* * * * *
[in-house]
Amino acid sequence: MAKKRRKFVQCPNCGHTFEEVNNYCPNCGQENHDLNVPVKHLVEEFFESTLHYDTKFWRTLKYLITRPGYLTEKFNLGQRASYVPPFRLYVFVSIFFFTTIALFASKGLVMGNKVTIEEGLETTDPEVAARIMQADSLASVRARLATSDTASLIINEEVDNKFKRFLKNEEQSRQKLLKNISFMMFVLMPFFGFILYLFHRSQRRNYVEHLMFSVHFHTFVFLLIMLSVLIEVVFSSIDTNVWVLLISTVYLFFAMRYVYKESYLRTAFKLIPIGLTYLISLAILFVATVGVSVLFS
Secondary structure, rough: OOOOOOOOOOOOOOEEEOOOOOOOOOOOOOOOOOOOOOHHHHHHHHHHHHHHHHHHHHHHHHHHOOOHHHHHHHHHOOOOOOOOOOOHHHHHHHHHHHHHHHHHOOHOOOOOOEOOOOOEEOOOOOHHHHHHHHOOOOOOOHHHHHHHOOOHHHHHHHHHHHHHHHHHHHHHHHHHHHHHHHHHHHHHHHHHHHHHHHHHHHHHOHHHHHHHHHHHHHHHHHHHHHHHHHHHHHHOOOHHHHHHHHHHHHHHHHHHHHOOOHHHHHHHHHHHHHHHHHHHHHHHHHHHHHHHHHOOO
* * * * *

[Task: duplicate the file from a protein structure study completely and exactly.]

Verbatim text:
[in-house]
Amino acid sequence: MAKKRRKFVQCPNCGHTFEEVNNYCPNCGQENHDLNVPVKHLVEEFFESTLHYDTKFWRTLKYLITRPGYLTEKFNLGQRASYVPPFRLYVFVSIFFFTTIALFASKGLVMGNKVTIEEGLETTDPEVAARIMQADSLASVRARLATSDTASLIINEEVDNKFKRFLKNEEQSRQKLLKNISFMMFVLMPFFGFILYLFHRSQRRNYVEHLMFSVHFHTFVFLLIMLSVLIEVVFSSIDTNVWVLLISTVYLFFAMRYVYKESYLRTAFKLIPIGLTYLISLAILFVATVGVSVLFS
Secondary structure, rough: OOOOOOOOOOOOOOEEEOOOOOOOOOOOOOOOOOOOOOHHHHHHHHHHHHHHHHHHHHHHHHHHOOOHHHHHHHHHOOOOOOOOOOOHHHHHHHHHHHHHHHHHOOHOOOOOOEOOOOOEEOOOOOHHHHHHHHOOOOOOOHHHHHHHOOOHHHHHHHHHHHHHHHHHHHHHHHHHHHHHHHHHHHHHHHHHHHHHHHHHHHHHOHHHHHHHHHHHHHHHHHHHHHHHHHHHHHHOOOHHHHHHHHHHHHHHHHHHHHOOOHHHHHHHHHHHHHHHHHHHHHHHHHHHHHHHHHOOO